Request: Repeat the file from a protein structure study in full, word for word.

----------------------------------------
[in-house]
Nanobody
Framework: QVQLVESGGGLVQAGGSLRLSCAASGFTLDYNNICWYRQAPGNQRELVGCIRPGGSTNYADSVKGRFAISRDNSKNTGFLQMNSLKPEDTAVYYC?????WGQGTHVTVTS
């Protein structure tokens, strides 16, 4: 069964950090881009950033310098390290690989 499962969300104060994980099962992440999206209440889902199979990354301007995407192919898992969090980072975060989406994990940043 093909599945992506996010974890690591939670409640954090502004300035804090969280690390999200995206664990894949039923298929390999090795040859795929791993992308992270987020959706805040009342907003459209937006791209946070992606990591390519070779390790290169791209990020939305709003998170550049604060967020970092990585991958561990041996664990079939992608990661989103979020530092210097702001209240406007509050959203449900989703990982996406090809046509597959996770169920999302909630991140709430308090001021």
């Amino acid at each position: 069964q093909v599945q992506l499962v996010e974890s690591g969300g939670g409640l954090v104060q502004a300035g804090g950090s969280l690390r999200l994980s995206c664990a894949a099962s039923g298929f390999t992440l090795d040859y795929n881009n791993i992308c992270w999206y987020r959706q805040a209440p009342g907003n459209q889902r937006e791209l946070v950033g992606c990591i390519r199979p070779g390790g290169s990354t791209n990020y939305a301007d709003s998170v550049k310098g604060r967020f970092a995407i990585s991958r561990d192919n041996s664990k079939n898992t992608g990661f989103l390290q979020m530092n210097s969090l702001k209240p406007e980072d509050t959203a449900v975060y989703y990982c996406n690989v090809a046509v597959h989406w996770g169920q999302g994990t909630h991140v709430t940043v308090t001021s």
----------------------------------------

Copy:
[in-house]
Nanobody
Framework: QVQLVESGGGLVQAGGSLRLSCAASGFTLDYNNICWYRQAPGNQRELVGCIRPGGSTNYADSVKGRFAISRDNSKNTGFLQMNSLKPEDTAVYYC?????WGQGTHVTVTS
């Protein structure tokens, strides 16, 4: 069964950090881009950033310098390290690989 499962969300104060994980099962992440999206209440889902199979990354301007995407192919898992969090980072975060989406994990940043 093909599945992506996010974890690591939670409640954090502004300035804090969280690390999200995206664990894949039923298929390999090795040859795929791993992308992270987020959706805040009342907003459209937006791209946070992606990591390519070779390790290169791209990020939305709003998170550049604060967020970092990585991958561990041996664990079939992608990661989103979020530092210097702001209240406007509050959203449900989703990982996406090809046509597959996770169920999302909630991140709430308090001021």
């Amino acid at each position: 069964q093909v599945q992506l499962v996010e974890s690591g969300g939670g409640l954090v104060q502004a300035g804090g950090s969280l690390r999200l994980s995206c664990a894949a099962s039923g298929f390999t992440l090795d040859y795929n881009n791993i992308c992270w999206y987020r959706q805040a209440p009342g907003n459209q889902r937006e791209l946070v950033g992606c990591i390519r199979p070779g390790g290169s990354t791209n990020y939305a301007d709003s998170v550049k310098g604060r967020f970092a995407i990585s991958r561990d192919n041996s664990k079939n898992t992608g990661f989103l390290q979020m530092n210097s969090l702001k209240p406007e980072d509050t959203a449900v975060y989703y990982c996406n690989v090809a046509v597959h989406w996770g169920q999302g994990t909630h991140v709430t940043v308090t001021s």